The famous study is now two generations old, with some 20 years of follow-up data on the children of the original study subjects. The risk factors today used to evaluate a person's risk of heart attack and stroke came from the Framingham study.
Now the study shows what many doctors suspected: The sons and daughters of people with heart failure have at least a 70 percent higher risk of heart failure. And they have twice the risk of low heart-pumping strength — which could lead to heart failure — as people whose parents did not have the condition.
Framingham researcher Douglas S. Lee, M.D., Ph.D, and colleagues report the findings in the July 13 issue of the New England Journal of Medicine.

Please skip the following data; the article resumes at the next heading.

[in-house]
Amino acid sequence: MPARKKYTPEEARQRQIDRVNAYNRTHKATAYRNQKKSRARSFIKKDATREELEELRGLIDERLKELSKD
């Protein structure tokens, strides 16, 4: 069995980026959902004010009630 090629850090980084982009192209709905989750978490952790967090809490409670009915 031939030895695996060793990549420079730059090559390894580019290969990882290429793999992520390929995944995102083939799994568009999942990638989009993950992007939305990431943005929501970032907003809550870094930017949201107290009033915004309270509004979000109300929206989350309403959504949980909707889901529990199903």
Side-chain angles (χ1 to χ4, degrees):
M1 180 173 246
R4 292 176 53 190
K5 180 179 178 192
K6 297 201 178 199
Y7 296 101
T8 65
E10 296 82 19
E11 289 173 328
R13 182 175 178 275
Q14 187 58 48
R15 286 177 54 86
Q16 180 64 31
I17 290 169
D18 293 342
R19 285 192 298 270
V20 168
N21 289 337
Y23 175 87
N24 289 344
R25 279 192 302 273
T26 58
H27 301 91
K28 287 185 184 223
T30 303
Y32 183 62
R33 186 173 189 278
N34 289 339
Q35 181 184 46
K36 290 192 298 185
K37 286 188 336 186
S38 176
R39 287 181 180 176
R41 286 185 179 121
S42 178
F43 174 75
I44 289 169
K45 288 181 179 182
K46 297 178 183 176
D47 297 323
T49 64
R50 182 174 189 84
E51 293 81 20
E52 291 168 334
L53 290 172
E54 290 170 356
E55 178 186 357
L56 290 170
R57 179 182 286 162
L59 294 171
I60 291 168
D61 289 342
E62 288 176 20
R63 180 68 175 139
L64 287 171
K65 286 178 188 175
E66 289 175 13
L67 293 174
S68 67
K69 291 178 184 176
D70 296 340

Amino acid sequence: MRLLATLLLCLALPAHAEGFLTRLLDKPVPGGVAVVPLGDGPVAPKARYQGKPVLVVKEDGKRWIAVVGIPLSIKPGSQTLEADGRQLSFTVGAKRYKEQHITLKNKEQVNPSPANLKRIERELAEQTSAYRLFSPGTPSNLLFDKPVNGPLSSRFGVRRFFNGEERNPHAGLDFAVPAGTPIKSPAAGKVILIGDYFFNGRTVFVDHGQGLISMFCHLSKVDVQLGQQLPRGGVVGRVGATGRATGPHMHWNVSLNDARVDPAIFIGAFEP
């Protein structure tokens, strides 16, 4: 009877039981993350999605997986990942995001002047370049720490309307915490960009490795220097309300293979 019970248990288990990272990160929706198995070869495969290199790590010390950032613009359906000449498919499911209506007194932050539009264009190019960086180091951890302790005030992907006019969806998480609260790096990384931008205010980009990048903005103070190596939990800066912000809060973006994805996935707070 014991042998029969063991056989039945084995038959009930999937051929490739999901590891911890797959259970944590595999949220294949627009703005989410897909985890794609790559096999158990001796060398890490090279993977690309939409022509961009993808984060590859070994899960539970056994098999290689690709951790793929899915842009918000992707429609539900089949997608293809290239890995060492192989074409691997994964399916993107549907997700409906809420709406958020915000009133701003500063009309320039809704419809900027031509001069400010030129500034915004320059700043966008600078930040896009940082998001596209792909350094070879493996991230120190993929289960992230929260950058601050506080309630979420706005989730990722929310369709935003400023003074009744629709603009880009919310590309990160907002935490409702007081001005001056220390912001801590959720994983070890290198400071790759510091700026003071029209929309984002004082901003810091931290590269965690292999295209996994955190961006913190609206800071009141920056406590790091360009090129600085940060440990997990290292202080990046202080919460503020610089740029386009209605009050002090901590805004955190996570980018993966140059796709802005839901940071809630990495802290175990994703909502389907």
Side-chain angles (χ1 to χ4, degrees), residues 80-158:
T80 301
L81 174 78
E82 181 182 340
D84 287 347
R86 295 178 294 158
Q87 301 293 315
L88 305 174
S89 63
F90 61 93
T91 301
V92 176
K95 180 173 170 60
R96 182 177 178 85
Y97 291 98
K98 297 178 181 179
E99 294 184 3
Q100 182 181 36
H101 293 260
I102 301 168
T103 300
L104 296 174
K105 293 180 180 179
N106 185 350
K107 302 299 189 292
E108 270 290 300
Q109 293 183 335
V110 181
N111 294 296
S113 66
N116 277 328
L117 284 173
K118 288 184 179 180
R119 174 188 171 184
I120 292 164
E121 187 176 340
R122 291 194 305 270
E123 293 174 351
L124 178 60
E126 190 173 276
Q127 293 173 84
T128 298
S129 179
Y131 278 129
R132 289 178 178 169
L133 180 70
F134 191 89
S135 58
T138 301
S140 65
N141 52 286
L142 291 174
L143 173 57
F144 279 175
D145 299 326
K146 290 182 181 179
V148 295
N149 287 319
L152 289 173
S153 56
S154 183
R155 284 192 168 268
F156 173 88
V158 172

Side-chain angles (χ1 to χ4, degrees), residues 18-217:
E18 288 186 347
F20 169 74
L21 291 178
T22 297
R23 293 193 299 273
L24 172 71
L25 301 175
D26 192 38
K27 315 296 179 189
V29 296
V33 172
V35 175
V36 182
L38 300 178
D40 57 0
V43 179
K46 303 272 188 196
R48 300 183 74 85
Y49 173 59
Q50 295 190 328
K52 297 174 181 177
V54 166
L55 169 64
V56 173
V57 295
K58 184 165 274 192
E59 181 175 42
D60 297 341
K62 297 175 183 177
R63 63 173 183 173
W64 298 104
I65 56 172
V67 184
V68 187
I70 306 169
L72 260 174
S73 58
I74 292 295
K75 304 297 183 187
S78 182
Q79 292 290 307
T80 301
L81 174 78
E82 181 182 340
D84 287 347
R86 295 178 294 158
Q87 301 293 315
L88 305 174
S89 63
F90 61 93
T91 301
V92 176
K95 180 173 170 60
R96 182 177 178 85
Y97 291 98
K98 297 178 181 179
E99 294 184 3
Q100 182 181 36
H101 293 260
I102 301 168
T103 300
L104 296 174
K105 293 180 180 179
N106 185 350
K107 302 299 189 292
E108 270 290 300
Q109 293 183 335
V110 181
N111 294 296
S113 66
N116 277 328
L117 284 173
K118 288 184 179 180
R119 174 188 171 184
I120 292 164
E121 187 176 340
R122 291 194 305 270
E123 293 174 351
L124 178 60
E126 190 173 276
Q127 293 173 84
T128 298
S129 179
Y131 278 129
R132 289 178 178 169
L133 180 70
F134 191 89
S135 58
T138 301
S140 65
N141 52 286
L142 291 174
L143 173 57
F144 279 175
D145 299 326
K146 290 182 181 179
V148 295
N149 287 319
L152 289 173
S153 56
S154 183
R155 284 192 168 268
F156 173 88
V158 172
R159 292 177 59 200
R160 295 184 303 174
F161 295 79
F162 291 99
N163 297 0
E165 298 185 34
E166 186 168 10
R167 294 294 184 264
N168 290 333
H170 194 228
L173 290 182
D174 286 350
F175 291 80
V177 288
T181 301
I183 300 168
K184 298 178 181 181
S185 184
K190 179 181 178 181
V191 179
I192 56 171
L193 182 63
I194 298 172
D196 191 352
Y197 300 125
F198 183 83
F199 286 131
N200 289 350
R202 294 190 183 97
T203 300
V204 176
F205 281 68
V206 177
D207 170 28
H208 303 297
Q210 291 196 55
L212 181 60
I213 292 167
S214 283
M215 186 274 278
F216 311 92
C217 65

"We found that heart failure in parents was associated with a significant increase by a factor of about two in the likelihood of (heart) dysfunction in their offspring; the finding was consistent in both men and women," Lee and colleagues write. "Parental heart failure was associated … with at least a 70 percent increase in the risk of heart failure in the offspring."
Heart failure doesn't have a single cause. It's the result of a combination of genetic, environmental, and lifestyle factors. Lee and colleagues estimate that parental heart failure is to blame for about 18 percent of the heart failure seen in the children of heart failure parents.
SOURCES: Lee, D.S. New England Journal of Medicine, July 13, 2006; Vol. 355: pp. 138-147.
By Daniel J. DeNoon. Reviewed by Louise Chang, M.D. © 2006, WebMD Inc. All rights reserved